Saturday, 25 September 2010

Getting Past the Words

‘Libertarianism’ is just a word.

Ideologies are not some kind of special, ontologically privileged thing.

Rather, an ideology is just a strongly compacted set of beliefs about the world.

You don’t arguing for an ideology, you argue for those facts about the world. The ideology is just a convenient categorisation; something that will fit on a bumper sticker. The goodness or badness of a policy isn’t caused by whether or not it’s libertarian; it’s caused by facts about the world.

Because libertarianism is just a word, you should be able to justify your beliefs without having to appeal to the word ‘libertarian’. You should be able to taboo ‘statist’ and still argue against higher taxes, be able to advocate free speech without appealing to ‘liberty’.

If you can’t follow the chain of concepts back to brute facts about the world, then your beliefs aren’t rooted in the real world: they form a free floating bubble, each idea backing up each other one. But because your beliefs are independent of the real world, they no longer provide evidence about it. If you would believe them regardless of the physical state of the world, then they’ll always recommend the same policies, regardless of whether or not those policies are the best; they no longer restrict anticipation.

And your evidence can’t just be ‘The Soviet Union was terrible’. There’s more than two options, and you need to have evidence to distinguish between Libertopia and a stable western mixed economy, not a straw-man.

Take healthcare. You should be able to trace your belief back past liberal pieties like ‘free choice will cause competition and improve standards’ to actual facts about the world. You should know of the RAND health insurance experiment, in which thousands of poor Americans were given varying degrees of health insurance, and ten years later those with total coverage were no healthier than those without. Then you’ll know your position has empirical, not just rhetorical, support.

And you’ll stump any socialists you argue with. Won’t that be grand? Instead of your talking in Libertarianesse, and his talking in Socialesse, you’ll be basing your arguments in the same reality he lives in.

And as politics makes everyone stupid, he’ll never expect it.

But you can’t stop there. You can’t just look for the evidence you want to find – you have to take into account all the consequences of the evidence, even those that don’t fit neatly into a ‘libertarian’ shaped box. And you can’t help but find evidence on both sides.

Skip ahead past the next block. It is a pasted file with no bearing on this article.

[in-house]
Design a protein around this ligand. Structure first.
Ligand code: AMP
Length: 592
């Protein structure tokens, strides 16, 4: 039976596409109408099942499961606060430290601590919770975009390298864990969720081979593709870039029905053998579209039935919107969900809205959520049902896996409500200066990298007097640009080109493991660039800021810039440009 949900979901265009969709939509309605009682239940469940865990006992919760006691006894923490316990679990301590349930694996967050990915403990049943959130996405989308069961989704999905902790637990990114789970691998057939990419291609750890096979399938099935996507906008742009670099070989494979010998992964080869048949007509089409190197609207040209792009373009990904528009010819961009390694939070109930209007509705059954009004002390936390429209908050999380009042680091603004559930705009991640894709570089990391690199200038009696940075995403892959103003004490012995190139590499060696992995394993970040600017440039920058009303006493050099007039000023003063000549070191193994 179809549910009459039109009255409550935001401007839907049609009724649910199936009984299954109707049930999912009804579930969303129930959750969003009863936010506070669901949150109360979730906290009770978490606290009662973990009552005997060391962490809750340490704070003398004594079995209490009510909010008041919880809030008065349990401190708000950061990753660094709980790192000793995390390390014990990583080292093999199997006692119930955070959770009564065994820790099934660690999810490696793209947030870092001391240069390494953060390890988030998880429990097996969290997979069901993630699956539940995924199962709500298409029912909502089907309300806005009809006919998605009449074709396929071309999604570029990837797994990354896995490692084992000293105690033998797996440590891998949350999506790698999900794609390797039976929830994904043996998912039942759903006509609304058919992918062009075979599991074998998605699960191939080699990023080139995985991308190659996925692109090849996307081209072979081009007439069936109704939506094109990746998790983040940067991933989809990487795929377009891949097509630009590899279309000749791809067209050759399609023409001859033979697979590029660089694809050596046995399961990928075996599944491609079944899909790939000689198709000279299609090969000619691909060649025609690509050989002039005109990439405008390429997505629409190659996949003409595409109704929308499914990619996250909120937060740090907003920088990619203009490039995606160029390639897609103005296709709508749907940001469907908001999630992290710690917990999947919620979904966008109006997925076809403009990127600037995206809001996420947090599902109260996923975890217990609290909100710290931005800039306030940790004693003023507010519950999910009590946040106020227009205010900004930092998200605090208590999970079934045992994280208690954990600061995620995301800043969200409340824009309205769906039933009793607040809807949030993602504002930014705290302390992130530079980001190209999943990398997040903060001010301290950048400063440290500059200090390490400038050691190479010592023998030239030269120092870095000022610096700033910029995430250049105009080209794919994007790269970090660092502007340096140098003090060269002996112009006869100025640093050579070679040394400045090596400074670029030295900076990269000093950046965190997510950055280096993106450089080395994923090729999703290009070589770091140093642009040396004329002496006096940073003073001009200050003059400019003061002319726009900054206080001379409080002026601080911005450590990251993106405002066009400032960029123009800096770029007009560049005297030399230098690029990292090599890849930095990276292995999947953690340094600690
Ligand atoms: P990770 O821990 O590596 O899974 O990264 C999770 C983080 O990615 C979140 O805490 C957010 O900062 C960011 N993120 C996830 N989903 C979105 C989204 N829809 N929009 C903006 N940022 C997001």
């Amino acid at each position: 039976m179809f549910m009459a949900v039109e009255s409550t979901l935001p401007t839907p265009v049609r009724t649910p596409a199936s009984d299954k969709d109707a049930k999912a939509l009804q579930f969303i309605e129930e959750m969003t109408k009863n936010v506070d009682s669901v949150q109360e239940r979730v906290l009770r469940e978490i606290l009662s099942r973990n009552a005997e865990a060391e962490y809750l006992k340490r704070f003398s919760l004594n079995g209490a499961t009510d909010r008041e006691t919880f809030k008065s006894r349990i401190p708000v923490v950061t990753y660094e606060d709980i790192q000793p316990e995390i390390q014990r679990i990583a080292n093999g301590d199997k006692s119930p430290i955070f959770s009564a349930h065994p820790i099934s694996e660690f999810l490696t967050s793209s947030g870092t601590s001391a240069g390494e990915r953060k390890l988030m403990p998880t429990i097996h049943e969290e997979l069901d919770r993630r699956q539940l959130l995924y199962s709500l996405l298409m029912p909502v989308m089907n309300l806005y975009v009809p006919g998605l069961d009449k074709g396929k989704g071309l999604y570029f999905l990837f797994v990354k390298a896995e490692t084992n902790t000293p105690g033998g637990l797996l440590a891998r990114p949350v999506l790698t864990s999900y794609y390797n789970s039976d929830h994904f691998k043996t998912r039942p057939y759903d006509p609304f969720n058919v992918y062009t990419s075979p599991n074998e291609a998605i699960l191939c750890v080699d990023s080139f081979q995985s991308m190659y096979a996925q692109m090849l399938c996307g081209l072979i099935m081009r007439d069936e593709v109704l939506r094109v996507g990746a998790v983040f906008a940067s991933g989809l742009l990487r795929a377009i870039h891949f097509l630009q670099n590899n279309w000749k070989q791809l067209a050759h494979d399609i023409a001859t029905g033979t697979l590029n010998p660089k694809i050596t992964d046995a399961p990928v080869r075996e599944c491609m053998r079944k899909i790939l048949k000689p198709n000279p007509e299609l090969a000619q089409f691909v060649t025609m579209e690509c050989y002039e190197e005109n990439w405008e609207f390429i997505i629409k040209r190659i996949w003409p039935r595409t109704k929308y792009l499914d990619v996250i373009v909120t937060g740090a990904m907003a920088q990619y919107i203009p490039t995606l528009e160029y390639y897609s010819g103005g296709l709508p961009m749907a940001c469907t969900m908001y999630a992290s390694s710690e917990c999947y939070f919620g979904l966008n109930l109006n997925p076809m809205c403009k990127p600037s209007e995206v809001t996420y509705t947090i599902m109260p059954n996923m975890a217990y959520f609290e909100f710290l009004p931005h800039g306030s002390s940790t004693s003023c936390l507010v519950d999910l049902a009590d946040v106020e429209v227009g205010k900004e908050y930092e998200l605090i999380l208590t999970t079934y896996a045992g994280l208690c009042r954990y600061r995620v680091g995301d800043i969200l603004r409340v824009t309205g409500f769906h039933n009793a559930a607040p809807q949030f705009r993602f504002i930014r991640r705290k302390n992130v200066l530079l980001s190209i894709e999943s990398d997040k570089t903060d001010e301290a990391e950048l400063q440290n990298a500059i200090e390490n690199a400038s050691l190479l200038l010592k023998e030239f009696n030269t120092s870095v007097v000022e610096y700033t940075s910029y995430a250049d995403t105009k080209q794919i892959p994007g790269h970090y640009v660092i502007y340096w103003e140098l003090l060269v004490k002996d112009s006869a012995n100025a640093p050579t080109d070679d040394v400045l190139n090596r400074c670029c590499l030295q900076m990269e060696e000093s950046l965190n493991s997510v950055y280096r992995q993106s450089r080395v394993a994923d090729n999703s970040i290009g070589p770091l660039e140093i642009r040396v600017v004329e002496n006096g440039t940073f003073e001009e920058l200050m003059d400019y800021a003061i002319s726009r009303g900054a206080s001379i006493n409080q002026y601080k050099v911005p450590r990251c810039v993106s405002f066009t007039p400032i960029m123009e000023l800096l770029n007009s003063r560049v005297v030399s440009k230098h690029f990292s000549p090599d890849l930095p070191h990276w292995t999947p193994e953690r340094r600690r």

You have to notice that the RAND study didn’t investigate catastrophic care, and so isn’t evidence either way on the value of public funding for really expensive, but effective, treatments.

You have to notice that the RAND study is also evidence that privately funded medicine isn’t that useful either. Not as strong evidence as it is against publicly funded medicine, because the people in the control group still bought private medicine, but if private and public money is buying the same type of medicine...

Or take trade unions.

You can argue that trade unions are monopolies, and that monopolies make consumers worse off. But that’s not obviously true for all monopolies; what about natural monopolies? Or what if the benefit to consumers, in the form of companies and then shareholders, was outweighed by the benefits to workers, who value money more?

What does your opposition to trade unions actually imply about the world? How much lower would prices be without them? What would be the difference in working conditions? If you’re not willing to put your money where your mouth is on these issues, you shouldn’t base your beliefs on them.

Instead, you could read Robert Wiblin’s post. It turns out that trade unions don’t transfer income from evil capitalists to hardworking workers: they transfer money from hardworking workers to unionist workers.

We can use Libertarianesse to communicate between Libertarians. If we already agree on a lot of things, you can transmit information very quickly just by saying something like ‘conscription is slavery’. But without the shared background, the agreement on things like differing conceptions of the good, the opportunity cost of time, the effectiveness of slaves in combat, the effect of wars of war domestically and abroad, the incentive problems involved with slavery... without this, saying ‘conscription is slavery’ is just rhetoric. You need to be able to dissolve the question, and get at the underlying facts.

1 comment:

Suboptimal Planet said...

Some valuable points here, but your approach seems solidly utilitarian.

I don't dispute the importance of utilitarian arguments, but this approach has its limitations.

As Stephen Kinsella put it,

utilitarianism is methodologically flawed (value is ordinal not cardinal and not interpersonally comparable) and morally bankrupt (it's immoral to steal from A to give to B even if A is richer, even if the money taken "means less" to A than it does to B)

Although focusing purely on principles can leave one mired in philosophy, I think there is value in attacking the moral precepts of socialism. You can do this without a deep understanding of the RAND experiment, or any other empirical studies.